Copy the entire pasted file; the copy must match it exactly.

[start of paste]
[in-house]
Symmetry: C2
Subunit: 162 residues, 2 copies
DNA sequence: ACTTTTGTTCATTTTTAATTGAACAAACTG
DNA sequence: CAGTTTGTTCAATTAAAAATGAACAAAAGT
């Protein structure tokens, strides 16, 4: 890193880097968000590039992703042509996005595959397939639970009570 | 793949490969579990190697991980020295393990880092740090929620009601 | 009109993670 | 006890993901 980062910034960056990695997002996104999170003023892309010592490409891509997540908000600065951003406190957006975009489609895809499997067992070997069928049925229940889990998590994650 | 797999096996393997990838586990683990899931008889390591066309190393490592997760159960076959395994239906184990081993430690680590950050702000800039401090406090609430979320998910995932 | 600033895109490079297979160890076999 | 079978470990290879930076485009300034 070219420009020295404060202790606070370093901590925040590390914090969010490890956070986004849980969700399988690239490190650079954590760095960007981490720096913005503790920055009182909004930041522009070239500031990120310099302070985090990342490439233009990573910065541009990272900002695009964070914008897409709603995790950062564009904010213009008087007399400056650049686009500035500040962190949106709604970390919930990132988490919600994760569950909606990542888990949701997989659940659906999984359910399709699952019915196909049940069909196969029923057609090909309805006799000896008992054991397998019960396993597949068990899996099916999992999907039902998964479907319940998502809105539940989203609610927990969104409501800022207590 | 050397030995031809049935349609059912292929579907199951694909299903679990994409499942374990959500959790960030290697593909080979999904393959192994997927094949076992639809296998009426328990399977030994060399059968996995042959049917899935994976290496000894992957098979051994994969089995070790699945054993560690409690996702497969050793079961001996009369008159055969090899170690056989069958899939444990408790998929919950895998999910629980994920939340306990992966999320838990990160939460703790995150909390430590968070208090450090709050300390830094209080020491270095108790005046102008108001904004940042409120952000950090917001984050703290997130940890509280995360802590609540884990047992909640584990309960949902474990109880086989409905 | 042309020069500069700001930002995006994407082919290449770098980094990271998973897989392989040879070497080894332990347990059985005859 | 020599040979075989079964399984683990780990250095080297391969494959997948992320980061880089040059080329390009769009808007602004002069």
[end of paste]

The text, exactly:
[in-house]
Symmetry: C2
Subunit: 162 residues, 2 copies
DNA sequence: ACTTTTGTTCATTTTTAATTGAACAAACTG
DNA sequence: CAGTTTGTTCAATTAAAAATGAACAAAAGT
């Protein structure tokens, strides 16, 4: 890193880097968000590039992703042509996005595959397939639970009570 | 793949490969579990190697991980020295393990880092740090929620009601 | 009109993670 | 006890993901 980062910034960056990695997002996104999170003023892309010592490409891509997540908000600065951003406190957006975009489609895809499997067992070997069928049925229940889990998590994650 | 797999096996393997990838586990683990899931008889390591066309190393490592997760159960076959395994239906184990081993430690680590950050702000800039401090406090609430979320998910995932 | 600033895109490079297979160890076999 | 079978470990290879930076485009300034 070219420009020295404060202790606070370093901590925040590390914090969010490890956070986004849980969700399988690239490190650079954590760095960007981490720096913005503790920055009182909004930041522009070239500031990120310099302070985090990342490439233009990573910065541009990272900002695009964070914008897409709603995790950062564009904010213009008087007399400056650049686009500035500040962190949106709604970390919930990132988490919600994760569950909606990542888990949701997989659940659906999984359910399709699952019915196909049940069909196969029923057609090909309805006799000896008992054991397998019960396993597949068990899996099916999992999907039902998964479907319940998502809105539940989203609610927990969104409501800022207590 | 050397030995031809049935349609059912292929579907199951694909299903679990994409499942374990959500959790960030290697593909080979999904393959192994997927094949076992639809296998009426328990399977030994060399059968996995042959049917899935994976290496000894992957098979051994994969089995070790699945054993560690409690996702497969050793079961001996009369008159055969090899170690056989069958899939444990408790998929919950895998999910629980994920939340306990992966999320838990990160939460703790995150909390430590968070208090450090709050300390830094209080020491270095108790005046102008108001904004940042409120952000950090917001984050703290997130940890509280995360802590609540884990047992909640584990309960949902474990109880086989409905 | 042309020069500069700001930002995006994407082919290449770098980094990271998973897989392989040879070497080894332990347990059985005859 | 020599040979075989079964399984683990780990250095080297391969494959997948992320980061880089040059080329390009769009808007602004002069």